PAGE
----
May 2009

May
2009
Vol. 21. No. 2

EDITORIAL

AACP provides you with vital clinical information in print, online, and in person

The partnership between the American Academy of Clinical Psychiatrists (AACP) and Dowden
Health Media announced in February 2009 got off to a great start with our fi rst jointly sponsored educational meeting, “Bipolar disorder and ADHD: Solving clinical challenges, improving patient care,” held in Chicago in April. Th e well-attended and lively event attracted clinicians from around the country who heard from leading experts about how to care for patients with bipolar disorder, attention defi cit/hyperactivity disorder, or both. I saw many old friends and made new ones, all enthusiastic about the redesigned Annals of Clinical Psychiatry.

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ORIGINAL RESEARCH

Escitalopram reduces hot flashes in nondepressed menopausal women: A pilot study

Roseanne DeFronzo Dobkin, PhD | Matthew Menza, MD | Lesley A. Allen, PhD | Humberto Marin, MD | Karina L. Bienfait, PhD | Jade Tiu, BA | Jennifer Howarth, BA

BACKGROUND: Hot fl ashes are one of the most troubling manifestations of menopause, affecting about 80% of women. Due to recent controversies about hormone replacement therapy, many women seek alternative treatments. Th e use of antidepressants to treat hot flashes and other menopausal symptoms has been an active area of investigation. However, the majority of past research in this area has included women with significant medical or psychiatric histories that may infl uence treatment response. Th is was the fi rst study to examine the impact of escitalopram on hot fl ashes, mood, sleep, and quality of life in a sample of healthy nondepressed menopausal women.

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3 case reports of edema associated with quetiapine

Hristina K. Koleva,, MD | Mark A. Erickson, BS | Erik R. Vanderlip, MD | Janeta Tansey, MD, PhD | Joseph Mac, PharmD | Jess G. Fiedorowicz, MD, MS

BACKGROUND: Edema associated with quetiapine has been described in only one case report to date and represents a potentially serious adverse reaction.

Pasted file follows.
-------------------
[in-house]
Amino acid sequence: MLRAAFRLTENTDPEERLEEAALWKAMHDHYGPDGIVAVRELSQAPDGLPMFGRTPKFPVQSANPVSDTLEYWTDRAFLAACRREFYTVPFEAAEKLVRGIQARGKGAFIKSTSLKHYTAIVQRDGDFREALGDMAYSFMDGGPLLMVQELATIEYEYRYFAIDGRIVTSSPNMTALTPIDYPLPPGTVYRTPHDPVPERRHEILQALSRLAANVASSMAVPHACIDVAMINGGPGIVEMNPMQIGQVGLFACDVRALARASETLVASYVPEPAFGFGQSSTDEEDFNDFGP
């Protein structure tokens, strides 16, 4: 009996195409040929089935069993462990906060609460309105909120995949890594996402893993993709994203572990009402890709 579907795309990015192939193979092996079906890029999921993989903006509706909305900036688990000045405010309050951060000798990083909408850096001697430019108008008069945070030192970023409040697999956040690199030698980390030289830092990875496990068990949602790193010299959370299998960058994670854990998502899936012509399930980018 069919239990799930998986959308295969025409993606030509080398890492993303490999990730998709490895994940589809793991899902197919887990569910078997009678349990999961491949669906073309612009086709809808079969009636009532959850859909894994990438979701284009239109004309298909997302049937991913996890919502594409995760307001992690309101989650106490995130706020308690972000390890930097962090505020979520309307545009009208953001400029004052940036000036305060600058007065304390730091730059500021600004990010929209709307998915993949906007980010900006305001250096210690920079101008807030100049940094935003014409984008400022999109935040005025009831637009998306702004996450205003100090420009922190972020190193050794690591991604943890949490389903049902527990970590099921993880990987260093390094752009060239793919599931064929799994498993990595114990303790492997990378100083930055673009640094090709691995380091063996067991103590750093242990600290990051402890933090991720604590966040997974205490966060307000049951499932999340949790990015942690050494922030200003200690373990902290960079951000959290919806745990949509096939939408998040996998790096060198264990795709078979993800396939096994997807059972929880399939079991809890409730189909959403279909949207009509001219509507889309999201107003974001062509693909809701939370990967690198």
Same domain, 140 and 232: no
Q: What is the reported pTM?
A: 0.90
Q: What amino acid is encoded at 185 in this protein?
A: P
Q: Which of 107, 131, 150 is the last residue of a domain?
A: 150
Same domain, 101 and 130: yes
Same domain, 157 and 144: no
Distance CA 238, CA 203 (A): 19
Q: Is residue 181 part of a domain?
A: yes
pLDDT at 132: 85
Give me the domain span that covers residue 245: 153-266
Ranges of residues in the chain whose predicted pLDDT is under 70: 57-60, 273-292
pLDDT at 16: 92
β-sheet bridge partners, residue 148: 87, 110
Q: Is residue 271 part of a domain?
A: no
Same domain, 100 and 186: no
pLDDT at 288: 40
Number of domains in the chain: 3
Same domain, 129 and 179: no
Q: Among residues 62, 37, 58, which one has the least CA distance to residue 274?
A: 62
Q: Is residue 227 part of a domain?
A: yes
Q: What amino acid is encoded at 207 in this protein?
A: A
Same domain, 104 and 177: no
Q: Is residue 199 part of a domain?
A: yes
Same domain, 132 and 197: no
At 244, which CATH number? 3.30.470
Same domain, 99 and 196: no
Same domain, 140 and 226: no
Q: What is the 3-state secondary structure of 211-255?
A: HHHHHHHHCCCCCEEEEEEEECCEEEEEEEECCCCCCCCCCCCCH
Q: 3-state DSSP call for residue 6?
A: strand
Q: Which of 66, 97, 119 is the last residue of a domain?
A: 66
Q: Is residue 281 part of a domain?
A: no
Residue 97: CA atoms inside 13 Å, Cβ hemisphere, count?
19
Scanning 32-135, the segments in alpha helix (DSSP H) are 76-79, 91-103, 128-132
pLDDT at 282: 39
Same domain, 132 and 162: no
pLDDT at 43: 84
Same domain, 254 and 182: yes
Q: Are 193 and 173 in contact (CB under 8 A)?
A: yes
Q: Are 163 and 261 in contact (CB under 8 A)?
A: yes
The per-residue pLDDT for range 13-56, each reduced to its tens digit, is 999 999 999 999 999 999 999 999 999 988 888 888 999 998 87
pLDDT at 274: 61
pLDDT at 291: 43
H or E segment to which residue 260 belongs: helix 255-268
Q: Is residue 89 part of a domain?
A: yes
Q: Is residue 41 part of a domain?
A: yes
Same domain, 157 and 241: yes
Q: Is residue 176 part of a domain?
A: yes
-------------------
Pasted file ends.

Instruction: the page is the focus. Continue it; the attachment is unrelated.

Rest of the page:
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Anxiety symptom severity and functional recovery or relapse

Dan J. Stein, FRCPC, PhD | Borwin Bandelow, MD | Ornah T. Dolberg, MD | Henning F. Andersen, MSc | David S. Baldwin, MD

BACKGROUND: Anxiety disorders are associated with significant disability. There is growing interest in the question of whether pharmacotherapy that effectively reduces symptoms can also restore function. Recovery could potentially be defined as a lack of disability, with an associated reduction in symptom severity. Conversely, relapse could potentially be defined in terms of either increased disability or increased symptoms.

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A preliminary controlled trial of divalproex in posttraumatic stress disorder

Mark B. Hamner , MD | Richard A. Faldowski, PhD | Sophie Robert , PharmD | Helen G. Ulmer, MSN | Michael David Horner, PhD | Jeffrey P. Lorberbaum, MD

BACKGROUND: Case reports and open trials have reported beneficial effects of divalproex in the treatment of posttraumatic stress disorder (PTSD). Th e objective of this study was to conduct a placebo-controlled study of the efficacy and tolerability of divalproex in chronic PTSD patients.

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